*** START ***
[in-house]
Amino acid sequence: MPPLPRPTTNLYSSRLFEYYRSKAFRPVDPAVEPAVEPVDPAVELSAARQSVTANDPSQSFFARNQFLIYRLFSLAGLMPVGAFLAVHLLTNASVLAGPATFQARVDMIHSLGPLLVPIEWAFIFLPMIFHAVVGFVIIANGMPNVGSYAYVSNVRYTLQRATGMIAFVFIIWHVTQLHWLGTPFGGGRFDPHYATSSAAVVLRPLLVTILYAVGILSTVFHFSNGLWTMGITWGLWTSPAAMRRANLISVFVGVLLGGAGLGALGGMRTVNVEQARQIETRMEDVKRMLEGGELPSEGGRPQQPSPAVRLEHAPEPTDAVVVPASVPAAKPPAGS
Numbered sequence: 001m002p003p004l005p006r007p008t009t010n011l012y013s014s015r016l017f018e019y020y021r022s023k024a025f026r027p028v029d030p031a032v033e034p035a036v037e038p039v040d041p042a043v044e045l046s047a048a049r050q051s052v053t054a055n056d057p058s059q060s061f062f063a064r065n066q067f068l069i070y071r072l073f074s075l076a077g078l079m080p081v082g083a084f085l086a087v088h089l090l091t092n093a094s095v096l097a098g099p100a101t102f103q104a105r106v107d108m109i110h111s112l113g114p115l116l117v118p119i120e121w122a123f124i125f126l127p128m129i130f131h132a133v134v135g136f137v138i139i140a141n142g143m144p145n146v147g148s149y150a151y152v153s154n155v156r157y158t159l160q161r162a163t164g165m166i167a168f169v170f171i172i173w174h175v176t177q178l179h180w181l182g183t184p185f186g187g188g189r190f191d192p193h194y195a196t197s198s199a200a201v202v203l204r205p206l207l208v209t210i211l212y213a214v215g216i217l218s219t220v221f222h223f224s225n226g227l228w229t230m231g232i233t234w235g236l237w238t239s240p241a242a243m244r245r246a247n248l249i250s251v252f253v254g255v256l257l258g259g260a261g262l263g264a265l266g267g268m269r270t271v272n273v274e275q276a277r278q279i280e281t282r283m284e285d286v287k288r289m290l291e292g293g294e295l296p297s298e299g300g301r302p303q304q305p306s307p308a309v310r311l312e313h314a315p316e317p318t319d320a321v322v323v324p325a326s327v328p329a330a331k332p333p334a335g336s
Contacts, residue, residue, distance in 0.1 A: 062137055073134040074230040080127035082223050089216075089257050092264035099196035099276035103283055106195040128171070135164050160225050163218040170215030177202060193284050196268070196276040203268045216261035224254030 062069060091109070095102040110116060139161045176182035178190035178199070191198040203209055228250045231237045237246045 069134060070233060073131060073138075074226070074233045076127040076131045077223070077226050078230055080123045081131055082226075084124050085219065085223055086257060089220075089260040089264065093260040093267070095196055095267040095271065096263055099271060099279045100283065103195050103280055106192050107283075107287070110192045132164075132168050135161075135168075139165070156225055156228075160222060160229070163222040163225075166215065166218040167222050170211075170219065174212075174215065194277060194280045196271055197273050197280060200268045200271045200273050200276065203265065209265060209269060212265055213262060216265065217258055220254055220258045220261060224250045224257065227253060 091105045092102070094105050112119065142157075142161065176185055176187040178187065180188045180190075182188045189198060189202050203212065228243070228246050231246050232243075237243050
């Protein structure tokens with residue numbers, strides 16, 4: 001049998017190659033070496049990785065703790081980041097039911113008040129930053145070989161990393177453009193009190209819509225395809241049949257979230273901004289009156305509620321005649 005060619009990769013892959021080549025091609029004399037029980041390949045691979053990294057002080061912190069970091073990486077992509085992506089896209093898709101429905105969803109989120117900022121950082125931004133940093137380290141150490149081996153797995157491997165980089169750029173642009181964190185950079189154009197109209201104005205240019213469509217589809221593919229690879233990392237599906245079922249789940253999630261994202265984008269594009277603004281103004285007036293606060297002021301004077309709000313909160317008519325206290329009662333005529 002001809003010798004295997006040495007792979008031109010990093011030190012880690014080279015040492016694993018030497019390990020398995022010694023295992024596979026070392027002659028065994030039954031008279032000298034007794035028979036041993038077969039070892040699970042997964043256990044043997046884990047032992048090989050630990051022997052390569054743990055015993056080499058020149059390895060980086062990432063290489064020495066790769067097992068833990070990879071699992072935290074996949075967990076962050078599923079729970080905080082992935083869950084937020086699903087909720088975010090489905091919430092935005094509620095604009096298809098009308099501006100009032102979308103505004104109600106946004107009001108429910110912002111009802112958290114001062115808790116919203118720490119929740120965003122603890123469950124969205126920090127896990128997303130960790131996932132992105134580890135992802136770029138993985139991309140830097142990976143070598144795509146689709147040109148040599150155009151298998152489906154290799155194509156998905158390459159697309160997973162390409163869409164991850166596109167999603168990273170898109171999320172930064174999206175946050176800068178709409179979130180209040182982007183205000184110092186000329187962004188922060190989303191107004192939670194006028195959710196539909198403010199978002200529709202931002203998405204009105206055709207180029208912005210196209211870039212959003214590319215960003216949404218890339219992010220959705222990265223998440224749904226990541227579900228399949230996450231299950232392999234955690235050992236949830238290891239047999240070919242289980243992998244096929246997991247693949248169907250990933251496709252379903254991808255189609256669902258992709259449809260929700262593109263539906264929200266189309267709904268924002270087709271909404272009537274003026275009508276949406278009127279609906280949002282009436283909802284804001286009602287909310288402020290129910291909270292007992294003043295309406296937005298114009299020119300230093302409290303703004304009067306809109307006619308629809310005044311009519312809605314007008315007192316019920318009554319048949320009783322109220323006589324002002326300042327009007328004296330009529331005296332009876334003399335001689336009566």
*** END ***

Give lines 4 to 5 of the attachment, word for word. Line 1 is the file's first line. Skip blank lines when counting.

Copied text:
Contacts, residue, residue, distance in 0.1 A: 062137055073134040074230040080127035082223050089216075089257050092264035099196035099276035103283055106195040128171070135164050160225050163218040170215030177202060193284050196268070196276040203268045216261035224254030 062069060091109070095102040110116060139161045176182035178190035178199070191198040203209055228250045231237045237246045 069134060070233060073131060073138075074226070074233045076127040076131045077223070077226050078230055080123045081131055082226075084124050085219065085223055086257060089220075089260040089264065093260040093267070095196055095267040095271065096263055099271060099279045100283065103195050103280055106192050107283075107287070110192045132164075132168050135161075135168075139165070156225055156228075160222060160229070163222040163225075166215065166218040167222050170211075170219065174212075174215065194277060194280045196271055197273050197280060200268045200271045200273050200276065203265065209265060209269060212265055213262060216265065217258055220254055220258045220261060224250045224257065227253060 091105045092102070094105050112119065142157075142161065176185055176187040178187065180188045180190075182188045189198060189202050203212065228243070228246050231246050232243075237243050
């Protein structure tokens with residue numbers, strides 16, 4: 001049998017190659033070496049990785065703790081980041097039911113008040129930053145070989161990393177453009193009190209819509225395809241049949257979230273901004289009156305509620321005649 005060619009990769013892959021080549025091609029004399037029980041390949045691979053990294057002080061912190069970091073990486077992509085992506089896209093898709101429905105969803109989120117900022121950082125931004133940093137380290141150490149081996153797995157491997165980089169750029173642009181964190185950079189154009197109209201104005205240019213469509217589809221593919229690879233990392237599906245079922249789940253999630261994202265984008269594009277603004281103004285007036293606060297002021301004077309709000313909160317008519325206290329009662333005529 002001809003010798004295997006040495007792979008031109010990093011030190012880690014080279015040492016694993018030497019390990020398995022010694023295992024596979026070392027002659028065994030039954031008279032000298034007794035028979036041993038077969039070892040699970042997964043256990044043997046884990047032992048090989050630990051022997052390569054743990055015993056080499058020149059390895060980086062990432063290489064020495066790769067097992068833990070990879071699992072935290074996949075967990076962050078599923079729970080905080082992935083869950084937020086699903087909720088975010090489905091919430092935005094509620095604009096298809098009308099501006100009032102979308103505004104109600106946004107009001108429910110912002111009802112958290114001062115808790116919203118720490119929740120965003122603890123469950124969205126920090127896990128997303130960790131996932132992105134580890135992802136770029138993985139991309140830097142990976143070598144795509146689709147040109148040599150155009151298998152489906154290799155194509156998905158390459159697309160997973162390409163869409164991850166596109167999603168990273170898109171999320172930064174999206175946050176800068178709409179979130180209040182982007183205000184110092186000329187962004188922060190989303191107004192939670194006028195959710196539909198403010199978002200529709202931002203998405204009105206055709207180029208912005210196209211870039212959003214590319215960003216949404218890339219992010220959705222990265223998440224749904226990541227579900228399949230996450231299950232392999234955690235050992236949830238290891239047999240070919242289980243992998244096929246997991247693949248169907250990933251496709252379903254991808255189609256669902258992709259449809260929700262593109263539906264929200266189309267709904268924002270087709271909404272009537274003026275009508276949406278009127279609906280949002282009436283909802284804001286009602287909310288402020290129910291909270292007992294003043295309406296937005298114009299020119300230093302409290303703004304009067306809109307006619308629809310005044311009519312809605314007008315007192316019920318009554319048949320009783322109220323006589324002002326300042327009007328004296330009529331005296332009876334003399335001689336009566």